Fig. 4
figure 4

Forest plot of uLTE4 pre- and post-aspirin challenge in N-ERD [12 studies]

Fig. 5
figure 5

Forest plot of uLTE4 pre- and post-aspirin challenge in ATA [8 studies]

Meta-regression and Risk of Bias

Heterogeneity observed between studies in this meta-analysis was low. Despite this, we performed meta-regression analysis to assess the contribution of several covariates on effect size across studies included in pooling of effect size for baseline uLTE4 in N-ERD vs ATA comparison. I2 for this analysis was low (42%). Meta-regression revealed that country of study had an impact on effect size (I2 = 13.05%). Furthermore, by identifying different study sites and including this in the multiple regression analysis, we found that this would account for an I2 of 100%, suggesting that heterogeneity across studies in this meta-analysis is related to site. There was no significant impact on the effect size when other covariates (publication year, percentage male participants, baseline lung function, and methodology for uLTE4 measurement) were analysed by means of meta-regression, and hence no significant impact on heterogeneity between studies was noted.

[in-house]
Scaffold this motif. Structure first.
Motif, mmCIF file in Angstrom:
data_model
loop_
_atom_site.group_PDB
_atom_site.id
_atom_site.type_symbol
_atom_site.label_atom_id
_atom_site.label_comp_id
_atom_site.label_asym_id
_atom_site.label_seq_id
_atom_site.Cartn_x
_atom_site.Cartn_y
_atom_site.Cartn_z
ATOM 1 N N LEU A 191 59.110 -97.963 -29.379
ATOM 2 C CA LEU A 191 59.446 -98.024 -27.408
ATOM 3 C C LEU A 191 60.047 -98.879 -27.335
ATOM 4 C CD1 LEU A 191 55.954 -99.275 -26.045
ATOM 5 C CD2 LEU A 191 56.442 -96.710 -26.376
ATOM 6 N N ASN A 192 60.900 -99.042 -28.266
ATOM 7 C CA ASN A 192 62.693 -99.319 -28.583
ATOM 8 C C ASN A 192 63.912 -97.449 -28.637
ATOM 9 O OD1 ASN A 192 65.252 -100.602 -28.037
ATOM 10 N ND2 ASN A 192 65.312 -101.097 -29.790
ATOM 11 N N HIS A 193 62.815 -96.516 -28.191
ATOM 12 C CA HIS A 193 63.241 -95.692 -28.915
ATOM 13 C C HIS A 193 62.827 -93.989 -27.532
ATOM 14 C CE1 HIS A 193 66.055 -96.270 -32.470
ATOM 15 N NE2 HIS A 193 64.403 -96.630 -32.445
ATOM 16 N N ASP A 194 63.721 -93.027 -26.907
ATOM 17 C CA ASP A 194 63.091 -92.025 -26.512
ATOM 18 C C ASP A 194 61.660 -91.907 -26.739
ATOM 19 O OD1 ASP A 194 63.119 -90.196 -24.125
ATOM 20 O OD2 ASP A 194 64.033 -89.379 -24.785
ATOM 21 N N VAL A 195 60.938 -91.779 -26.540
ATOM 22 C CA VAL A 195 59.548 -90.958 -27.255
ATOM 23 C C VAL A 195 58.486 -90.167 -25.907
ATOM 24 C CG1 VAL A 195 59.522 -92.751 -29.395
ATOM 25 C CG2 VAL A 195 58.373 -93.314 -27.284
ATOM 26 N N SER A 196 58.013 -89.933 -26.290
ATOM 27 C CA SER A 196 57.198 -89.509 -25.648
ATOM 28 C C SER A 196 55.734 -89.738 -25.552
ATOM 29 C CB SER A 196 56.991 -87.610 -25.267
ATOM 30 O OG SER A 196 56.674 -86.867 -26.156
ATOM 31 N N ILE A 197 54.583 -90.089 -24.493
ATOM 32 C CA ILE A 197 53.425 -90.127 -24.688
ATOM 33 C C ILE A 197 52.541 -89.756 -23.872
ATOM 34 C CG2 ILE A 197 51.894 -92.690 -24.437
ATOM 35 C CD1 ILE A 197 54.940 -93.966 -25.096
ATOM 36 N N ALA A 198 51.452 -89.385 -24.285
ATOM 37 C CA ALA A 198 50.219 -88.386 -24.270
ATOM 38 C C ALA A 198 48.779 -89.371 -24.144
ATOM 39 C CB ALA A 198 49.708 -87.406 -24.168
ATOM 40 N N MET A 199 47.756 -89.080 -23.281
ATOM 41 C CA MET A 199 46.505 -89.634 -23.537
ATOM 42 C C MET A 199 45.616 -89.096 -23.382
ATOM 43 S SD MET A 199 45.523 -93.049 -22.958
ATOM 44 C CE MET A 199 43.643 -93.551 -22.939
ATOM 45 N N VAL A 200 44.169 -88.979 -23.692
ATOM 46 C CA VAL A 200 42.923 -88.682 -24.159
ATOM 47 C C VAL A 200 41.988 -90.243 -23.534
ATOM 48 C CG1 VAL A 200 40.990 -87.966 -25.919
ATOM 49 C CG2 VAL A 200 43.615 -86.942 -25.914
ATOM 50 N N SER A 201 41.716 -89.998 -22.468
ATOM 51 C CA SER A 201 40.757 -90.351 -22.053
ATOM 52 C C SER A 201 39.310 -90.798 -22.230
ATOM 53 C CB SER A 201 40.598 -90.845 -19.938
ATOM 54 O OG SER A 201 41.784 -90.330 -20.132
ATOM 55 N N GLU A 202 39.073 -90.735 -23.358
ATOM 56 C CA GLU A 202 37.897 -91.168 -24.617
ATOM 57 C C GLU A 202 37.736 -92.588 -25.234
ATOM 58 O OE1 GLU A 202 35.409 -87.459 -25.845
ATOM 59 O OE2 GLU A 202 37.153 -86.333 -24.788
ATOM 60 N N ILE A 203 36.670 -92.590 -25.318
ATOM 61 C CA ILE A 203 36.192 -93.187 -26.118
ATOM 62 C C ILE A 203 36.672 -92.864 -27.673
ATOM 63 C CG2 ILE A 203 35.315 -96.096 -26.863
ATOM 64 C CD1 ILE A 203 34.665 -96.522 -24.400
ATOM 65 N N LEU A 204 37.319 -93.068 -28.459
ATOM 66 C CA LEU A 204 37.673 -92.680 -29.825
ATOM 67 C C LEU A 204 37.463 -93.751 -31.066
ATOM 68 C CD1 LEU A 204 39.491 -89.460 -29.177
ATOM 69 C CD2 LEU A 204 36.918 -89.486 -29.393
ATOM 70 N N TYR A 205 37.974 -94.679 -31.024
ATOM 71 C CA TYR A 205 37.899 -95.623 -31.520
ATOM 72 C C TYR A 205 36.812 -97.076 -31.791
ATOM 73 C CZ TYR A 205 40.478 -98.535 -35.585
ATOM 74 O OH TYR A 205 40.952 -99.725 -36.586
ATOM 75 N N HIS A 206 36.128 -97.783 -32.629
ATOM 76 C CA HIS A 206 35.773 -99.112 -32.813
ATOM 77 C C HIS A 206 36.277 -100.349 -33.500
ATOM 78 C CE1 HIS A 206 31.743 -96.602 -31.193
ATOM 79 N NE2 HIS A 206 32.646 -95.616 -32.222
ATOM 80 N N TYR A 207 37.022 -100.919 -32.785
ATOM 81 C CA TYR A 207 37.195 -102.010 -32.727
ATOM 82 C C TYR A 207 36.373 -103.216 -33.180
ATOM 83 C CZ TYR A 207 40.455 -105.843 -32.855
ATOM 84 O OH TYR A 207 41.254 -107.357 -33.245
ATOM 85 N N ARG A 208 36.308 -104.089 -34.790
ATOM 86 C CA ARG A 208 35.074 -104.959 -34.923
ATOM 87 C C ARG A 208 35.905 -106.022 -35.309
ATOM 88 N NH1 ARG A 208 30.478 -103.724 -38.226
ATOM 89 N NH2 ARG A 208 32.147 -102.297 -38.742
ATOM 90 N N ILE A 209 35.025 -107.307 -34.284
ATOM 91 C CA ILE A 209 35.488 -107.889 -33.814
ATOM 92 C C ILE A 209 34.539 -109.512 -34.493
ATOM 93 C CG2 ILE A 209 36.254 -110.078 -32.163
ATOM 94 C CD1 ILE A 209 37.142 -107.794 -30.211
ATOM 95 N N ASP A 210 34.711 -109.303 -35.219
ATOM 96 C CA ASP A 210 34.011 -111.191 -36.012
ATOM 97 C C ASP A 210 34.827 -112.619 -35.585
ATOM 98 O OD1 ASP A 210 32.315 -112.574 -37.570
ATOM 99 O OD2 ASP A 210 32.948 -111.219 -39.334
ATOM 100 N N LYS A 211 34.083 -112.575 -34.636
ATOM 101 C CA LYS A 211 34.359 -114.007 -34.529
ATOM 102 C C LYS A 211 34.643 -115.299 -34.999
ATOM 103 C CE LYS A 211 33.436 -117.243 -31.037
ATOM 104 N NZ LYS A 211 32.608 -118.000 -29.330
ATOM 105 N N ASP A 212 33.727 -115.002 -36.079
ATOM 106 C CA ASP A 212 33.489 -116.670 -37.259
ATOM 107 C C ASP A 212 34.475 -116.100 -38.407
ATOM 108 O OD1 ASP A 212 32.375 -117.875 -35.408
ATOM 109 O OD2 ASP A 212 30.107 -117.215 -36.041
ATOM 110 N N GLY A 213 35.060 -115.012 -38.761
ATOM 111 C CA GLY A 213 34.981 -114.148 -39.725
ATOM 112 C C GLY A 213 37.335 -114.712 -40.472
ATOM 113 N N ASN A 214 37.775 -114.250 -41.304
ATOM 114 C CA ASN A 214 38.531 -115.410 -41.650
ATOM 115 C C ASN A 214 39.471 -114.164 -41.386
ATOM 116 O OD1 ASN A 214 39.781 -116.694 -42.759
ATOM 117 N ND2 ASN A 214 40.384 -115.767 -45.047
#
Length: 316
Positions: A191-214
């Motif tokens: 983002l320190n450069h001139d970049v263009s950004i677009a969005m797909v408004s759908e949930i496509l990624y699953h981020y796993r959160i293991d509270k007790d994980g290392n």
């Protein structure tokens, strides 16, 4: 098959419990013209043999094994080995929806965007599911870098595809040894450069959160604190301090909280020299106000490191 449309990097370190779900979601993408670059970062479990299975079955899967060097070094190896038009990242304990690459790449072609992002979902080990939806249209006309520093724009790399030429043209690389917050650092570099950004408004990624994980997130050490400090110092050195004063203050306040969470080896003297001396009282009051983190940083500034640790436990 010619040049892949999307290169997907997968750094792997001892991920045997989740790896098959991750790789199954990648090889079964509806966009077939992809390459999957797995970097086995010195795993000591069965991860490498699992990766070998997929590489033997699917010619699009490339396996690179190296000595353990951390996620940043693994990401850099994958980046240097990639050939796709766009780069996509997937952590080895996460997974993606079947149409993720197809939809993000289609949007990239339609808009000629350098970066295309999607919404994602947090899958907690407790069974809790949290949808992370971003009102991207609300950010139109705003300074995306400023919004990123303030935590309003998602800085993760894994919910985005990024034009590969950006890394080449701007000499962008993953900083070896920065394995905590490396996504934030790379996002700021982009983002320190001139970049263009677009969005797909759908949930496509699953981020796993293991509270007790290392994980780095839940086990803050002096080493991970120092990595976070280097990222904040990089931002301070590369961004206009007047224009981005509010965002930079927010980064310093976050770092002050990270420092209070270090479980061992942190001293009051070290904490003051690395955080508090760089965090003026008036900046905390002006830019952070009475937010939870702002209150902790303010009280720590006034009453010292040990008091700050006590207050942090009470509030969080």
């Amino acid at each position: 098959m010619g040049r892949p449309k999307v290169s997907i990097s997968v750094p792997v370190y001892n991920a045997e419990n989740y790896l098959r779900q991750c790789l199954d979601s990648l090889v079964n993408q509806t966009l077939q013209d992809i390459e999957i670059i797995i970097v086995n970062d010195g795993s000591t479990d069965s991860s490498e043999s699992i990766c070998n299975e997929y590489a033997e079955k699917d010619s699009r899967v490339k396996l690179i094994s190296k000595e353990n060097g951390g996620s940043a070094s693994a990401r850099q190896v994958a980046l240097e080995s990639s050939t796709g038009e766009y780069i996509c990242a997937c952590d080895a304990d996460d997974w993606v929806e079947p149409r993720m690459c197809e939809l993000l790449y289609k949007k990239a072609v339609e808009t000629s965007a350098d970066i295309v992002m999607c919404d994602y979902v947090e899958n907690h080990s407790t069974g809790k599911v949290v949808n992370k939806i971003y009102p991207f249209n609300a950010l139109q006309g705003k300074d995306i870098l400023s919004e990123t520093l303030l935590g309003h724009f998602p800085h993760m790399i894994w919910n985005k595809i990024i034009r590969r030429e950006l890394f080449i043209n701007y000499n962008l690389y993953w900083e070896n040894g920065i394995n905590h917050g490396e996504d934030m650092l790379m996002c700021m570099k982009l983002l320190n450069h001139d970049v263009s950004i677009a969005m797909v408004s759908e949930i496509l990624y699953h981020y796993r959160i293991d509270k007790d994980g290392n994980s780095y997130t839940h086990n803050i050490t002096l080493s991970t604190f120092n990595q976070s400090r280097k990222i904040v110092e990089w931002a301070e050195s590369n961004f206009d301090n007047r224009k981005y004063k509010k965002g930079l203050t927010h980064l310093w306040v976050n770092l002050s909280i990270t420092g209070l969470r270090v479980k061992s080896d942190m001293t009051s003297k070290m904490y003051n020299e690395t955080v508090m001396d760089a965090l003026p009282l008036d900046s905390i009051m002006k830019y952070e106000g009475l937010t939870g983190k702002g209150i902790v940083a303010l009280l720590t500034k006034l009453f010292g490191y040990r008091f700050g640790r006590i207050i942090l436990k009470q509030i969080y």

Risk of bias assessed by means of the QUADAS tool from the Cochrane Handbook for Systematic Reviews of Diagnostic Test Accuracy [13], was acceptable across all studies; however 37.8% of quality assessment items were unfulfilled (Figs. 6 and 7). The following risk of bias items were poorly reported across all studies (reported in < 30% overall): spectrum of representative patients (10.5%) and independent interpretation of index and reference standard tests (0%).

Fig. 6
figure 6

Risk of bias summary

Fig. 7
figure 7

Risk of bias graph


Our meta-analysis of 35 studies demonstrated a statistically significant higher baseline concentration of uLTE4 in patients with N-ERD compared to those with ATA and HC, adding an addition 25 studies to the previous review. These findings corroborate current knowledge regarding the importance of leukotriene status in patients with N-ERD, and again identify uLTE4 as a potential biomarker in N-ERD diagnosis and disease monitoring. For the subset of studies reporting uLTE4 measurements before and after aspirin challenge testing, a significant rise in uLTE4 was seen in patients with N-ERD, but not those with ATA. This is the first meta-analysis which evaluates the change in uLTE4 concentrations following aspirin challenge in N-ERD compared to ATA, and the results are consistent with previous literature demonstrating that the magnitude of nasal and/or respiratory reactions to provocative aspirin challenges in asthmatics is associated with both the degree of baseline uLTE4 elevation and the rise in uLTE4 during a challenge [51, 52].